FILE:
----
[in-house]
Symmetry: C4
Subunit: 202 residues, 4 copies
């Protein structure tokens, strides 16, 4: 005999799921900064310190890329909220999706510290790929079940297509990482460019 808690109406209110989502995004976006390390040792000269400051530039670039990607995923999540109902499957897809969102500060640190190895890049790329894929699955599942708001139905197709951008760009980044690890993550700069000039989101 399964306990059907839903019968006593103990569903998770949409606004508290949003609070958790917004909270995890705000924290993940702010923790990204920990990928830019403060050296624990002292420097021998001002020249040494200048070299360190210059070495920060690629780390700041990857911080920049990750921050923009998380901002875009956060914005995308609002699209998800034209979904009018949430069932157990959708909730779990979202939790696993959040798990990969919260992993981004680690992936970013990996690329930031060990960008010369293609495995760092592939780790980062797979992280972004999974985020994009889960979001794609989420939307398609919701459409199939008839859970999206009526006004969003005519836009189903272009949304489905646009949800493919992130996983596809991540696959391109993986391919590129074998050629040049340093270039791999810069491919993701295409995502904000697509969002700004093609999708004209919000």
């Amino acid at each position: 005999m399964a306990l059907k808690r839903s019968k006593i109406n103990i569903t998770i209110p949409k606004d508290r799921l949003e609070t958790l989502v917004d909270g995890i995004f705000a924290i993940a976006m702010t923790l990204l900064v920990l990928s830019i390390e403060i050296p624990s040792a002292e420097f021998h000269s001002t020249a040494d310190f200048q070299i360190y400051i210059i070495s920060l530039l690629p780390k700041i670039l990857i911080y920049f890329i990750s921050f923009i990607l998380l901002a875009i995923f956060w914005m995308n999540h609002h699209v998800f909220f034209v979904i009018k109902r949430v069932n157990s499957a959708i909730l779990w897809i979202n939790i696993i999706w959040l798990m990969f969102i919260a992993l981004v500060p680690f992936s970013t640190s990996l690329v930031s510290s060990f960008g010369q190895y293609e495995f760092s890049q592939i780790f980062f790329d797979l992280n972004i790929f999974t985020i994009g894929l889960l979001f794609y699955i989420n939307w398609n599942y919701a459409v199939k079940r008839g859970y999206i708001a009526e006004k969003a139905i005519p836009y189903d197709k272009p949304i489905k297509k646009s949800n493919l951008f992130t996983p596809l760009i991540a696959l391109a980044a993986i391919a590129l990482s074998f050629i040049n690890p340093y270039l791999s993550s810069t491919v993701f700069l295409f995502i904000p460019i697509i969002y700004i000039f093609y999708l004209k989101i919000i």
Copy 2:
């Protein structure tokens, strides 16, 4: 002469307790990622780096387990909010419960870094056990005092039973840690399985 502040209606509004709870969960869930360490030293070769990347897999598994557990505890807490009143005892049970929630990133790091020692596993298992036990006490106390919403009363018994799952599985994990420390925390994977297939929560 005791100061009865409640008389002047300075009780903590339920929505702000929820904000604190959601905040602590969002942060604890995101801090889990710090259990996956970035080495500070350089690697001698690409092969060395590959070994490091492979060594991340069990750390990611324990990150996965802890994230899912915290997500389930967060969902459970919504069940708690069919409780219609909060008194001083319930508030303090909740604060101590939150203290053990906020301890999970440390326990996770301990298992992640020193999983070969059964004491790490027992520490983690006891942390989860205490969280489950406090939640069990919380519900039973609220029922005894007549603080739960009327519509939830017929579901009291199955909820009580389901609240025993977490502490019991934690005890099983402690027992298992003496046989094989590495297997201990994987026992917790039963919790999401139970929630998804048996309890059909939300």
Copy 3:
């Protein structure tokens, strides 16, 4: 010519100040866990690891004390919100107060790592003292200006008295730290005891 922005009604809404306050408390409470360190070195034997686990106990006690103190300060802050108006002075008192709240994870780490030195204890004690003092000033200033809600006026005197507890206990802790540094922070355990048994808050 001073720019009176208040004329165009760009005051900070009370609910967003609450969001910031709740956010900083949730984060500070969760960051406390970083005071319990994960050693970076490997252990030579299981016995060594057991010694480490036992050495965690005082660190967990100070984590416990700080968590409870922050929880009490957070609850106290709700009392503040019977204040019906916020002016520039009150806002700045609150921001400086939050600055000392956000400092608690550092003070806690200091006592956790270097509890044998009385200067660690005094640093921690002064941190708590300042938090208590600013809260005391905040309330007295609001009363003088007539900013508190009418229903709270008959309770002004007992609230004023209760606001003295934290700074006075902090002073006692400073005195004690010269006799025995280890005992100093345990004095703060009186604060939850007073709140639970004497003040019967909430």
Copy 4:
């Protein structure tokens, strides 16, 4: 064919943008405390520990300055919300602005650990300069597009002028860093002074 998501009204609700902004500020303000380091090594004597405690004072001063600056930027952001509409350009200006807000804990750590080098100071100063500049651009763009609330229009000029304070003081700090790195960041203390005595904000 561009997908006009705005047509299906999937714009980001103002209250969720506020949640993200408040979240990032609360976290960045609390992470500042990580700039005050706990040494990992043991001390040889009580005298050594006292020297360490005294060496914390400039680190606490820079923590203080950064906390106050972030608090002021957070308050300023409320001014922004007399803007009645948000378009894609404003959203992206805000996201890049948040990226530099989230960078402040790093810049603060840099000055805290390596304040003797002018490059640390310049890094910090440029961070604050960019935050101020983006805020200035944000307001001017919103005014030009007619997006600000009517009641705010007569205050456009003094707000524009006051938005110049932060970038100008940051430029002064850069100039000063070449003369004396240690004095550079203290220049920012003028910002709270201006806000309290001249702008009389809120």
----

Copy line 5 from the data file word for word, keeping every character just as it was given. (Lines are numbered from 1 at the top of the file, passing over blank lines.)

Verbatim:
């Amino acid at each position: 005999m399964a306990l059907k808690r839903s019968k006593i109406n103990i569903t998770i209110p949409k606004d508290r799921l949003e609070t958790l989502v917004d909270g995890i995004f705000a924290i993940a976006m702010t923790l990204l900064v920990l990928s830019i390390e403060i050296p624990s040792a002292e420097f021998h000269s001002t020249a040494d310190f200048q070299i360190y400051i210059i070495s920060l530039l690629p780390k700041i670039l990857i911080y920049f890329i990750s921050f923009i990607l998380l901002a875009i995923f956060w914005m995308n999540h609002h699209v998800f909220f034209v979904i009018k109902r949430v069932n157990s499957a959708i909730l779990w897809i979202n939790i696993i999706w959040l798990m990969f969102i919260a992993l981004v500060p680690f992936s970013t640190s990996l690329v930031s510290s060990f960008g010369q190895y293609e495995f760092s890049q592939i780790f980062f790329d797979l992280n972004i790929f999974t985020i994009g894929l889960l979001f794609y699955i989420n939307w398609n599942y919701a459409v199939k079940r008839g859970y999206i708001a009526e006004k969003a139905i005519p836009y189903d197709k272009p949304i489905k297509k646009s949800n493919l951008f992130t996983p596809l760009i991540a696959l391109a980044a993986i391919a590129l990482s074998f050629i040049n690890p340093y270039l791999s993550s810069t491919v993701f700069l295409f995502i904000p460019i697509i969002y700004i000039f093609y999708l004209k989101i919000i």